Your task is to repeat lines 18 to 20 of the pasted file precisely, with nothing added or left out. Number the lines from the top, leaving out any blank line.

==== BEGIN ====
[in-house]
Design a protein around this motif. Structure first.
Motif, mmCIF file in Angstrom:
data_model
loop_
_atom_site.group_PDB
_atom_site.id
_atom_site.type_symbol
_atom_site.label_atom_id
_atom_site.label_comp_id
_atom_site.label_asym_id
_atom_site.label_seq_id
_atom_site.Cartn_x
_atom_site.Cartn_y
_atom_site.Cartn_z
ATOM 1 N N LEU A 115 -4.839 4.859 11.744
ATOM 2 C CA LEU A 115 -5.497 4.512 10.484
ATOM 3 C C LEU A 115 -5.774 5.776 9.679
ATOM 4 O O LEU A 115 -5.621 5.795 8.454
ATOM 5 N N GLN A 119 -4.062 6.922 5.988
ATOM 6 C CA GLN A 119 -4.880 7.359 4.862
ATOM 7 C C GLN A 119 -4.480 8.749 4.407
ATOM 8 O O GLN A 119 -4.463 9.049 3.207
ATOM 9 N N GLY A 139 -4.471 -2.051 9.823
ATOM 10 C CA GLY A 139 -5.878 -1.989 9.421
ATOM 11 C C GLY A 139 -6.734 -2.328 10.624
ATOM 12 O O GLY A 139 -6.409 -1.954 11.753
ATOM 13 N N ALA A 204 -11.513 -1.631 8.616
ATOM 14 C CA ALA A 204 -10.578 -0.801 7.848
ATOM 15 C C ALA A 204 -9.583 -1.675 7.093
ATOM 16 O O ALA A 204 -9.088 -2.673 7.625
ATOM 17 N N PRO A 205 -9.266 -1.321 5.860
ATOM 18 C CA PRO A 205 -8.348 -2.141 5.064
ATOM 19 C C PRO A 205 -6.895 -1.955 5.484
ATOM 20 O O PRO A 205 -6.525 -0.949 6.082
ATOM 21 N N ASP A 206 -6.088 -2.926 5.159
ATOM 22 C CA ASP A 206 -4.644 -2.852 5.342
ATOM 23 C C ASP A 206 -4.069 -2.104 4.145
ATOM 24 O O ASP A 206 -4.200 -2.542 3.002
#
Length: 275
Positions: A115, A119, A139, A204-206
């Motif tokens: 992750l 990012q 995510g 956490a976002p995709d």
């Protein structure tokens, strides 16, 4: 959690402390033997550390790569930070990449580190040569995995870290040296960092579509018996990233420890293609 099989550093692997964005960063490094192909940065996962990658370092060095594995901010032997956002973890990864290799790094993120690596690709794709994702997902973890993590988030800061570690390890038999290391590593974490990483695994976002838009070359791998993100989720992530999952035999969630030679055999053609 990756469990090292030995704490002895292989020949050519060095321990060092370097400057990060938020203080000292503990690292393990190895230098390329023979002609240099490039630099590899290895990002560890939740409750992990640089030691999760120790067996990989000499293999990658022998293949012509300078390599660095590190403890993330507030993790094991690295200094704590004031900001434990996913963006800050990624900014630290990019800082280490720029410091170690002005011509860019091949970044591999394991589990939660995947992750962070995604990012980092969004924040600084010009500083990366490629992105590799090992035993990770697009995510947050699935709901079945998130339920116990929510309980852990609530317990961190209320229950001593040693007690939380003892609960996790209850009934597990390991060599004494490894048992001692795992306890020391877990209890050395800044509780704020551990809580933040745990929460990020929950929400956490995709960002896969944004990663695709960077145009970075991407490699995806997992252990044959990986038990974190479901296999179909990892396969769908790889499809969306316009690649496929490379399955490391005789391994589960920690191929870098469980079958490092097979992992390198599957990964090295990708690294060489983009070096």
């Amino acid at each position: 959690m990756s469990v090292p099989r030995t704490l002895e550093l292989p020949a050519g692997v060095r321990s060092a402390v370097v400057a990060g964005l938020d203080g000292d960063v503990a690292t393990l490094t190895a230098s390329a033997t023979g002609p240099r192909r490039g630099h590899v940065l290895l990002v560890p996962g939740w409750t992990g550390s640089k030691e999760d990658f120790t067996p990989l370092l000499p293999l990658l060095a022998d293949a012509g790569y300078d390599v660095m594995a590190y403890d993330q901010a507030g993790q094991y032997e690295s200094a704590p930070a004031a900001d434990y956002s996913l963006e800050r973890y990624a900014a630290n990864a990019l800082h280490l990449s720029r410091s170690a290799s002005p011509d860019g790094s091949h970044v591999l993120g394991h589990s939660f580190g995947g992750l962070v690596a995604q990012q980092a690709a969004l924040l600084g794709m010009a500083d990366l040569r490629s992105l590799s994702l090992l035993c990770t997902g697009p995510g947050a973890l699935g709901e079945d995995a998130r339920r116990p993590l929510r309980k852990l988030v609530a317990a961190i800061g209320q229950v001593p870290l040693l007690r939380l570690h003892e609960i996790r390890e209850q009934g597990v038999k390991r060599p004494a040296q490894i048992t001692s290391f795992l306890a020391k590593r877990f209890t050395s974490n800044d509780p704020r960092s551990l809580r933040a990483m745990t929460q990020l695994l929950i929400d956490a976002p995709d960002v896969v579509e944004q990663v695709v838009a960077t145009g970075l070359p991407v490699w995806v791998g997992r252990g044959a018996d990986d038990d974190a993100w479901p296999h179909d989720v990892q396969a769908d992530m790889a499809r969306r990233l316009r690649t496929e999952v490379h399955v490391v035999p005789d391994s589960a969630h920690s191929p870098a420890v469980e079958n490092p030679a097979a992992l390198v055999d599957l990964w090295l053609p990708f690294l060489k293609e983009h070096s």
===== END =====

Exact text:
ATOM 3 C C LEU A 115 -5.774 5.776 9.679
ATOM 4 O O LEU A 115 -5.621 5.795 8.454
ATOM 5 N N GLN A 119 -4.062 6.922 5.988